Is it a feeling? Is it an environment? Or is it family? I hope it’s family, but I hope it’s environment also. I have been married for one year and I live in a joint family and I’m not sure whether I’m “not happy” or I’m “sick of this life.”
My husband is a wonderful man. He is all my wishes come true. But there are limits in this space. Anything I ask that involves his family is rejected. He cannot reject his family’s wishes; he cannot go against them. He was raised in a conservative way. In his world, his parents are absolute; his parents make the choices for everyone in the family and I am no exception.
At first I thought, “I can handle anything they say or do if I’m with my husband.” But now I don’t know. I don’t know why I cannot handle anything. Sometimes I regret marrying. Not for my sake, but because my husband deserved better, someone who can handle his family without any mistakes. Someone who wouldn’t complain and who wouldn’t mind if she must overwork herself.
I’m just not right for him. I was in love for years and I wanted to be only with him, but never did I consider his feelings. Never did I ask for a minute, “Am I going to keep him happy?”
Have I made the biggest mistake of my life? Not for marrying him, but for making him marry me. Am I person who was so selfish she only thought about herself?
Photo by Dirk Haas
Your essay is complicated … I guess your thoughts are complicated. You express fear or regret that you can’t be the kind of woman your husband needs, but I don’t see how you forced him to marry you! I think he must have chosen to marry you. One year of marriage — I guess it is still a little bit new for you. I don’t know how many people are in your husband’s joint family, but I guess it must be hard for you not to ever get what you want. That would be very difficult. You write that you love your husband but that he always has to obey his family. That seems difficult too! The important thing is to really know what you feel and to be honest with yourself about your feelings. From that place of honesty, then you can think more clearly. But you have to reach that inner part of yourself that is clear.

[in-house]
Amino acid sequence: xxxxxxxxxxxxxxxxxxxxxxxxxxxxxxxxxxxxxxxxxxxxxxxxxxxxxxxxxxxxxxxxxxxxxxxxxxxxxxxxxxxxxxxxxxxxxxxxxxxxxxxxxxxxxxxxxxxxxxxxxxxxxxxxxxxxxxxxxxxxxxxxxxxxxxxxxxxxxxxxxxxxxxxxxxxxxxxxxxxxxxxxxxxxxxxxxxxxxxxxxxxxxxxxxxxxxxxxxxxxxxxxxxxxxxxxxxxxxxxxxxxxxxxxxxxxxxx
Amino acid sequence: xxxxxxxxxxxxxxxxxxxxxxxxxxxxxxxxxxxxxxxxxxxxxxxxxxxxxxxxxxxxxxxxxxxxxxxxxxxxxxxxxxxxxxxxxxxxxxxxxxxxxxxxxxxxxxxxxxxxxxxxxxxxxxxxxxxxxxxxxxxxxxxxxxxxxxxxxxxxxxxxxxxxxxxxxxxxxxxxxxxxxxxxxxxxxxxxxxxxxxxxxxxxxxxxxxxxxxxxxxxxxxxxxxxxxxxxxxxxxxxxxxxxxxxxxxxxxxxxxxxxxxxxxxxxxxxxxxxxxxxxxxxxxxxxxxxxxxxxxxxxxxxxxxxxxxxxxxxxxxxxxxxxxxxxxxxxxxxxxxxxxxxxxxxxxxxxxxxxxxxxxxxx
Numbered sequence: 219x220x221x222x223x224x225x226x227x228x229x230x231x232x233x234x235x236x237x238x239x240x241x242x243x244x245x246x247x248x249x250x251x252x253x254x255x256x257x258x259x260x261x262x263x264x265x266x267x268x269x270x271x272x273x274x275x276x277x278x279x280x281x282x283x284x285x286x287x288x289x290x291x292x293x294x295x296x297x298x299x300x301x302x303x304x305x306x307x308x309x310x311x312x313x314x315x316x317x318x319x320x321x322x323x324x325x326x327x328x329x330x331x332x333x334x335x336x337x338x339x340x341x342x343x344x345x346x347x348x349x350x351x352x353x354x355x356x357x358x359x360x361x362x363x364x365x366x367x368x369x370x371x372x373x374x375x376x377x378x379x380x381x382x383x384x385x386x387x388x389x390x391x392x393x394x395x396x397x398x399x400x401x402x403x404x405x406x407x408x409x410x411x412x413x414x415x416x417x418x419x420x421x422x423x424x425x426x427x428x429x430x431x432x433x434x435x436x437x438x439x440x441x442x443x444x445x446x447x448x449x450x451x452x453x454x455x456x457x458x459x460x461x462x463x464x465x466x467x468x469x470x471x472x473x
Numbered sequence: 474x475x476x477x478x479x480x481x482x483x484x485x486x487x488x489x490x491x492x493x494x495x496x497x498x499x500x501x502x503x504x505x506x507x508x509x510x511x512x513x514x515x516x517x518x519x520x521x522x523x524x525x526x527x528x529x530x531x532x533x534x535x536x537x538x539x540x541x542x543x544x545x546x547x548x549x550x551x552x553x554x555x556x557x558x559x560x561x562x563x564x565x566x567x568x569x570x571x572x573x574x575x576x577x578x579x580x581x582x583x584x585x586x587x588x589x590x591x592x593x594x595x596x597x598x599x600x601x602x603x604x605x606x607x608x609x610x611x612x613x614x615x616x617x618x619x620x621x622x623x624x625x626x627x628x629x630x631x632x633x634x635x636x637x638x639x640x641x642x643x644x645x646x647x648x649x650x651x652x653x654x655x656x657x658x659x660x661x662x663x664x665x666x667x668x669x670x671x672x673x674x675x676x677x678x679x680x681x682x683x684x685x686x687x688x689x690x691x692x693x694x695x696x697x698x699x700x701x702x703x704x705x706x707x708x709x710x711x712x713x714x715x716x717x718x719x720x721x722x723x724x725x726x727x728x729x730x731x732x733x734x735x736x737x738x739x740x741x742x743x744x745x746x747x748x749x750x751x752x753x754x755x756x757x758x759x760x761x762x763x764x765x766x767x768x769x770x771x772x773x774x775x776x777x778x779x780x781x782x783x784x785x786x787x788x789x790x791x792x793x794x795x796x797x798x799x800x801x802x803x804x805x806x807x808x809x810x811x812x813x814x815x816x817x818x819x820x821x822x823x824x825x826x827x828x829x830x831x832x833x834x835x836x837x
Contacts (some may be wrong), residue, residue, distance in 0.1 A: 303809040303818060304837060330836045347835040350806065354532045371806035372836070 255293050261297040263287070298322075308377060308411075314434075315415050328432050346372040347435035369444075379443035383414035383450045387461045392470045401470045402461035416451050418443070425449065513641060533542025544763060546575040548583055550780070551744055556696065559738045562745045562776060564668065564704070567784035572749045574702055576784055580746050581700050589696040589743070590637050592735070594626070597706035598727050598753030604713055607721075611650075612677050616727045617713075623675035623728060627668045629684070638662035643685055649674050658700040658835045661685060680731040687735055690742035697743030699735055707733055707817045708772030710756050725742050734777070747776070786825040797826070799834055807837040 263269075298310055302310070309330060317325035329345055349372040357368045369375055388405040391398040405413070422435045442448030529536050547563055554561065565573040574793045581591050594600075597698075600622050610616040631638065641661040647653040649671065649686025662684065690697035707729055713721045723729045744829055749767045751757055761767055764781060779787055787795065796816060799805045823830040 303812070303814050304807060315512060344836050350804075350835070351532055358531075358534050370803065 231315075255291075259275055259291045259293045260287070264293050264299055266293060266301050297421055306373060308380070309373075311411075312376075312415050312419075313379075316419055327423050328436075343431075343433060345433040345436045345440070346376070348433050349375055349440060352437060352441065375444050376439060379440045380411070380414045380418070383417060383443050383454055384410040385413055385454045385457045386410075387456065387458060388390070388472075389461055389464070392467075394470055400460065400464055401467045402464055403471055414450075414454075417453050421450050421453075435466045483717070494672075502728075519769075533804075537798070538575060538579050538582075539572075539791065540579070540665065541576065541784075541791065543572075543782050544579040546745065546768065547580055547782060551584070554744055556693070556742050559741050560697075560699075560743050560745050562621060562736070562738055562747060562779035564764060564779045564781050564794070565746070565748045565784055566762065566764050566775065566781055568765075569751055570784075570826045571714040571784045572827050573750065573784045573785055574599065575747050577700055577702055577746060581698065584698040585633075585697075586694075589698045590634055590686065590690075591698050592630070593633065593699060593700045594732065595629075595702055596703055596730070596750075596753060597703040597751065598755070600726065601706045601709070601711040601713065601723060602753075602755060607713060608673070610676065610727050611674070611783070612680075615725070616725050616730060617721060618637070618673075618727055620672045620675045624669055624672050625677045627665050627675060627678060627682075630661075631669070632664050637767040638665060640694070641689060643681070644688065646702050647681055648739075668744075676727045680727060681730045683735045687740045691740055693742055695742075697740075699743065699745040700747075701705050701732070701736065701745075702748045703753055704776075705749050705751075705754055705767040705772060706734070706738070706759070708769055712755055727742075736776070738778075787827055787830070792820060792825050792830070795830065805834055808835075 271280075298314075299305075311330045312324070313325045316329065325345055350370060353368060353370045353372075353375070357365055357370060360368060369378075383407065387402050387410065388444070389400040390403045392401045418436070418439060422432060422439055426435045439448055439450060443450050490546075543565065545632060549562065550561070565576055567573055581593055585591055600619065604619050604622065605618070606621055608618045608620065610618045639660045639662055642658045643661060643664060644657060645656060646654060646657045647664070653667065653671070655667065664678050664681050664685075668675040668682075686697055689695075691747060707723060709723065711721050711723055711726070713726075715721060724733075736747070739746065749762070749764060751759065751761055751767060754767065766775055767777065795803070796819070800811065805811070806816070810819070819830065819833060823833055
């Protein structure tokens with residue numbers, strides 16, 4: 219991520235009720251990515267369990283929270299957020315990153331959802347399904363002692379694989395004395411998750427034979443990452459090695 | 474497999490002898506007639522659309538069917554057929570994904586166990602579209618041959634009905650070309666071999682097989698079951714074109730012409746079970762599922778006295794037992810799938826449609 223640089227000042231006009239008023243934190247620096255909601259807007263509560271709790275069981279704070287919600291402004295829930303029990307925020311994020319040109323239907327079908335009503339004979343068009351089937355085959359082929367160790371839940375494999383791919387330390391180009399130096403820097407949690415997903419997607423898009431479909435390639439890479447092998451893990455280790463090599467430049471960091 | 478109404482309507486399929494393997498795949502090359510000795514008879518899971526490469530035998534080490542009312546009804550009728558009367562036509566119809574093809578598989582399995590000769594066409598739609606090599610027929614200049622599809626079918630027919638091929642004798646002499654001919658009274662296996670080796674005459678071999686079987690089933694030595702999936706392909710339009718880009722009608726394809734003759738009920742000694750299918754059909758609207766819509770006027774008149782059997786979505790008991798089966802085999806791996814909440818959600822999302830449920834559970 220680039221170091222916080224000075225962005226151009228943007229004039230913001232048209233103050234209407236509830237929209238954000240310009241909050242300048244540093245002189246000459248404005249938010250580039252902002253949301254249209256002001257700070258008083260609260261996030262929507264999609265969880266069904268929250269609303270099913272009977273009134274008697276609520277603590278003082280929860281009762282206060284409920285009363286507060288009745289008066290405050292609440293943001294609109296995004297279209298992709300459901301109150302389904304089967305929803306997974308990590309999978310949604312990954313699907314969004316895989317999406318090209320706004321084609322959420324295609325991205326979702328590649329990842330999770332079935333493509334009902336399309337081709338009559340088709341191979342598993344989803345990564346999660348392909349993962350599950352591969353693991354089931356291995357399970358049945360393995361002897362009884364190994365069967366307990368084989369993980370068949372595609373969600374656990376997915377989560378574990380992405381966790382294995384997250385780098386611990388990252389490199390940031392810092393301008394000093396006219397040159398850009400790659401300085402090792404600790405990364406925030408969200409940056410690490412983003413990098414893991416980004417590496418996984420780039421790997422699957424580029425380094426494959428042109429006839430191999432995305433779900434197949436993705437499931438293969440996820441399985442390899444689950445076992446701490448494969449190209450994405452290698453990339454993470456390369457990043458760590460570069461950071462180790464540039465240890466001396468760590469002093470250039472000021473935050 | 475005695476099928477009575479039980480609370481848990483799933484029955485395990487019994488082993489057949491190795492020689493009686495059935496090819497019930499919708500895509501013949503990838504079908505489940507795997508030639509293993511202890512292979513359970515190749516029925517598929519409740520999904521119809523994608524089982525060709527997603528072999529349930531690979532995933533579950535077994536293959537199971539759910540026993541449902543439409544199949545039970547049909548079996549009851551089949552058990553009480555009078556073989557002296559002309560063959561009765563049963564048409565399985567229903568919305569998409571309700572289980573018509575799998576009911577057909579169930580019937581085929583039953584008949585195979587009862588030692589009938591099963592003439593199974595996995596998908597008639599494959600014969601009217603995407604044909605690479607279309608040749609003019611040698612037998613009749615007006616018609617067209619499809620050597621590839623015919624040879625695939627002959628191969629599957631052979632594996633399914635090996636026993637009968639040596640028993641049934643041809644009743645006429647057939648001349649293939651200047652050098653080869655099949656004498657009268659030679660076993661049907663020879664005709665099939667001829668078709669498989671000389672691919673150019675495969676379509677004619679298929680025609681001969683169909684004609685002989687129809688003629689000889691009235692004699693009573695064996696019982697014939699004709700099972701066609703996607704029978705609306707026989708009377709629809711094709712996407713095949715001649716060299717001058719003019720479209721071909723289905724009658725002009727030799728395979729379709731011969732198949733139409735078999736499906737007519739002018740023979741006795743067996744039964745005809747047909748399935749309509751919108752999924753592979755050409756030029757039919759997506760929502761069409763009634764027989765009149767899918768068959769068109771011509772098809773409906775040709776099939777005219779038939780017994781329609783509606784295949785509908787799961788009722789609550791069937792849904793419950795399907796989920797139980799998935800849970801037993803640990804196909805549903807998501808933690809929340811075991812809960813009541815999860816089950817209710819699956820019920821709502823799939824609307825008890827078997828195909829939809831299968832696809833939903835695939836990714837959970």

Will you keep writing more essays? You have a very valuable voice! I hope to read more of your writing.
Dear, dear sister:
First of all let me thank you for writing this essay, it is tittle grabbed my attention to read it until the end.
As an Afghan woman I fully understand your feelings, thanks for your honesty you have write it down for the readers unfortunately girls and women are raised up in my country Afghanistan to blame themselves, to feel regret, to abbey husband and his family and to ignore our own life, our soul and mind and we grew up like this to make others happy but not our selves.
Never blame your self my dear sister never, think about all the good things you have, think about your writings. You can not change your husband and his family but you can guide your self, teach your self how to cope and fight for your wishes, at the end you are the winner no one else!
Make a map in your mind and make a different destination for your success to have a happy and successful life.
Best wishes for best in your life! Be strong it is the beginning of a long journey in your marriage life!
You sound a beautiful person……
Please know that you are not alone. I think you speak for millions of women–there are those in your homeland, but all over the world who must abide the wishes of autocratic parents, husbands, and family members. I can only imagine how painful and frustrating it is when everyone else is reinforcing this, and saying that “this is just how it is.” I know in my own life I resist other people’s control and overreach, and I believe that in all systems–family systems, governing systems–each person should have a say. I hope that you can take Pari’s advice and take special joy in your own heart and mind, and know that this is always yours, no matter what others say or do. I hope you can keep writing, too. Stacy